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Film Review: The Florida Project

The Florida Project (2017; Directed by Sean Baker)

A joyously tragic child’s-eye view of the precarity of American poverty, Sean Baker’s The Florida Project dances with giddy sadness back and forth across the line between peculiar indie movie and contemporary film classic. Following playful, innocent children, their thinly-stretched underemployed mothers, and a harried but fundamentally decent manager subsisting together on a rainbow-hued motel and retail strip on the poor margins of Orlando’s Walt Disney World, Baker’s emotionally-expansive film is fundamentally about the broken promises of the American pursuit of happiness, a happiness made expensively manifest in the constructed simulacra of arrested childhood known as the Magic Kingdom. But The Florida Project is fantastically and sincerely attuned to a childlike sense of wonder at the possibilities of the exciting playground of the world at the same time as it notes and quietly laments the shabby dishonesty with which the purportedly more serious and mature adult world fails to deliver on those promises of happiness.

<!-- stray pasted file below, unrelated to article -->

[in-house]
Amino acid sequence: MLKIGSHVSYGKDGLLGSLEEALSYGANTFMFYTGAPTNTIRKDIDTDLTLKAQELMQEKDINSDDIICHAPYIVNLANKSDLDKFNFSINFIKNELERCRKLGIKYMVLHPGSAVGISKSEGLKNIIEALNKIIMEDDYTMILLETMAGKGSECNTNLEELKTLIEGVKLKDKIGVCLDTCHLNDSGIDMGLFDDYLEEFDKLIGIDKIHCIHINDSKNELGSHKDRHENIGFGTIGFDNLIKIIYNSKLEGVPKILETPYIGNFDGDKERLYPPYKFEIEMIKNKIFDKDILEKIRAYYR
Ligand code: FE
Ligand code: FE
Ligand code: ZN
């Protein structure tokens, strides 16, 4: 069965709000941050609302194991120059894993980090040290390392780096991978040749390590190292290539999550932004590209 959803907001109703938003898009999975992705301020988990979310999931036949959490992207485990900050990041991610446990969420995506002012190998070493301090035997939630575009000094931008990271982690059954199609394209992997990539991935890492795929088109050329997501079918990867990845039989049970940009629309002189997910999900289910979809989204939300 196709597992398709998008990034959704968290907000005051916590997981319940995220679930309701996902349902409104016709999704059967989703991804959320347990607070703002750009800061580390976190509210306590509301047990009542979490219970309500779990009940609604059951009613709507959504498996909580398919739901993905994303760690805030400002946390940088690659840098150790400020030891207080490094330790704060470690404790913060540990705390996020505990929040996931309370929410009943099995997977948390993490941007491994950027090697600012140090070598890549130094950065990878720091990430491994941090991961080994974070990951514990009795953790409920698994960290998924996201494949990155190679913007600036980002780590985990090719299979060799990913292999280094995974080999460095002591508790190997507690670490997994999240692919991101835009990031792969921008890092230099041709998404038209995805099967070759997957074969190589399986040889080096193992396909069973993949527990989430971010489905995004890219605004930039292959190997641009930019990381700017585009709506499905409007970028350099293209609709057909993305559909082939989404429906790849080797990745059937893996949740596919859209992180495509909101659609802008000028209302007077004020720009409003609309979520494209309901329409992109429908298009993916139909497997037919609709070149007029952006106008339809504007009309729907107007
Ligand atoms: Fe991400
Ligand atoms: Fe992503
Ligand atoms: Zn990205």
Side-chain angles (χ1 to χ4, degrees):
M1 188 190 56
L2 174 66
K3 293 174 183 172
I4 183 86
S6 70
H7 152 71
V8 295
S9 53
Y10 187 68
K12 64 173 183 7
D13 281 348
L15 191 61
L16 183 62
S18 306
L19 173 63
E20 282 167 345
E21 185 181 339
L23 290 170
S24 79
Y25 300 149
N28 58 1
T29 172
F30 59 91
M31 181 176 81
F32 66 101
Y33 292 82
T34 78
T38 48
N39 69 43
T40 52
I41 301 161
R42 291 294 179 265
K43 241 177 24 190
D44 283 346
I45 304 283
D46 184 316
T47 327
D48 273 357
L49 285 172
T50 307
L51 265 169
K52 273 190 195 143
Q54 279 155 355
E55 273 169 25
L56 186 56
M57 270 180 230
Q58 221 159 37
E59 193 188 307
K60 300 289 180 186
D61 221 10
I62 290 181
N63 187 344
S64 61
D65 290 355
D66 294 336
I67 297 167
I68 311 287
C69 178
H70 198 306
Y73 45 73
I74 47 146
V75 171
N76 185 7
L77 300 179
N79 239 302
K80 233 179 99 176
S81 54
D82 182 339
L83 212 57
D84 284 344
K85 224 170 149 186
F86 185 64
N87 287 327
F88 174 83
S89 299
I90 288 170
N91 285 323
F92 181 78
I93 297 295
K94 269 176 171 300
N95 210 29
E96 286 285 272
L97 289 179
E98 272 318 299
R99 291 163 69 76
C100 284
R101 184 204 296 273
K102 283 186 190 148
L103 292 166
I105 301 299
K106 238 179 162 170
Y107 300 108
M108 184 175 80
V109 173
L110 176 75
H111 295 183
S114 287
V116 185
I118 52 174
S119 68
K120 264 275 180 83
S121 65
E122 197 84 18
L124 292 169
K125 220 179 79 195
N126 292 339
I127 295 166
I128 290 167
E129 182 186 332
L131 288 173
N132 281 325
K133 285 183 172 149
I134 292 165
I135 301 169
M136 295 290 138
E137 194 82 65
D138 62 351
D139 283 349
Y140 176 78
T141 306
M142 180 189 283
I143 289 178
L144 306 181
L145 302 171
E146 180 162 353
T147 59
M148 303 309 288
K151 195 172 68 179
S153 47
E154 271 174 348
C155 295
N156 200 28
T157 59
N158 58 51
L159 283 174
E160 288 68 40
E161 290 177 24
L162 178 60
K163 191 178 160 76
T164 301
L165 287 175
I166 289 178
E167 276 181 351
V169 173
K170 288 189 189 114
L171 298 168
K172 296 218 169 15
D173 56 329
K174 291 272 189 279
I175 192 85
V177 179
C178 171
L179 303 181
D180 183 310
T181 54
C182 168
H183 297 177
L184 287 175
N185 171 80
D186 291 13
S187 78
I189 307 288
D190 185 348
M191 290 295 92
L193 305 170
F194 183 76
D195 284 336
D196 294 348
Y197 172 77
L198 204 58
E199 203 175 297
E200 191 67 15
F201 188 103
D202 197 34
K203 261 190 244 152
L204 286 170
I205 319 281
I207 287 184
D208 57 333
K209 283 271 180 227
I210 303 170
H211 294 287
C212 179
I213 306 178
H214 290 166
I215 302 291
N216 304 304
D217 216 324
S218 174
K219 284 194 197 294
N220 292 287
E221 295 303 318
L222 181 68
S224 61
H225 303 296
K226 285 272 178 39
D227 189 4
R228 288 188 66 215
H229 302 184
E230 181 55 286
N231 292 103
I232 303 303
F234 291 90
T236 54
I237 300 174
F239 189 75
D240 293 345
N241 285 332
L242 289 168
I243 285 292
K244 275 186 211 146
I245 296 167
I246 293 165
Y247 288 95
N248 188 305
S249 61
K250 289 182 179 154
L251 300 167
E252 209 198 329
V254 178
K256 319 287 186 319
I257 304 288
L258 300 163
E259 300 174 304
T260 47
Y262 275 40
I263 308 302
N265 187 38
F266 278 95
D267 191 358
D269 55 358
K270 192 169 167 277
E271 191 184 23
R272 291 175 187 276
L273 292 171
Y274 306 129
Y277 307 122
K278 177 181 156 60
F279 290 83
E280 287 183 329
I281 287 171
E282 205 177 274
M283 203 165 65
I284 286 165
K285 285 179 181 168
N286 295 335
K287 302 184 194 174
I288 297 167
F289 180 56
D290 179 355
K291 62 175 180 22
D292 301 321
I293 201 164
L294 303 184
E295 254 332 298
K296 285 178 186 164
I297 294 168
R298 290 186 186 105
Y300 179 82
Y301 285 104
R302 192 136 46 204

Central to Baker’s generous vision is Moonee (the remarkable, naturalistically mercurial Brooklynn Prince), a six-year-old girl who lives with her tattooed, hair-dyed, rebellious mother Halley (Bria Vinaite) in a pink-painted pay-by-the-week motel called the Magic Castle in Kissimmee, Florida. Free all day due to summer break from school, Moonee goes on wild excursions of play on the strip and its abandoned environs with her best friend Scooty (Christopher Rivera) and later their new friend Jancey (Valeria Cotto). It’s mostly joyful and innocent fun but sometimes tips over the edge into real trouble (Jancey is befriended when the other two are caught spitting on her guardian’s car and enlist her cooperation in cleaning it) and even danger, but it’s shot by Baker and cinematographer Alexis Zabe as a kaleidoscopic and glorious adventure (they pass a gift shop whose front facade is a huge bearded wizard, for example), and always from the perspective of the children themselves. The Nerdwriter Evan Puschak, in a video essay arguing for the film’s importance in light of its Academy Award snubbing for a Best Picture nomination, likens its kid-level viewpoint (which often persists in low angles even when the kids are not onscreen) to the old Little Rascals short films.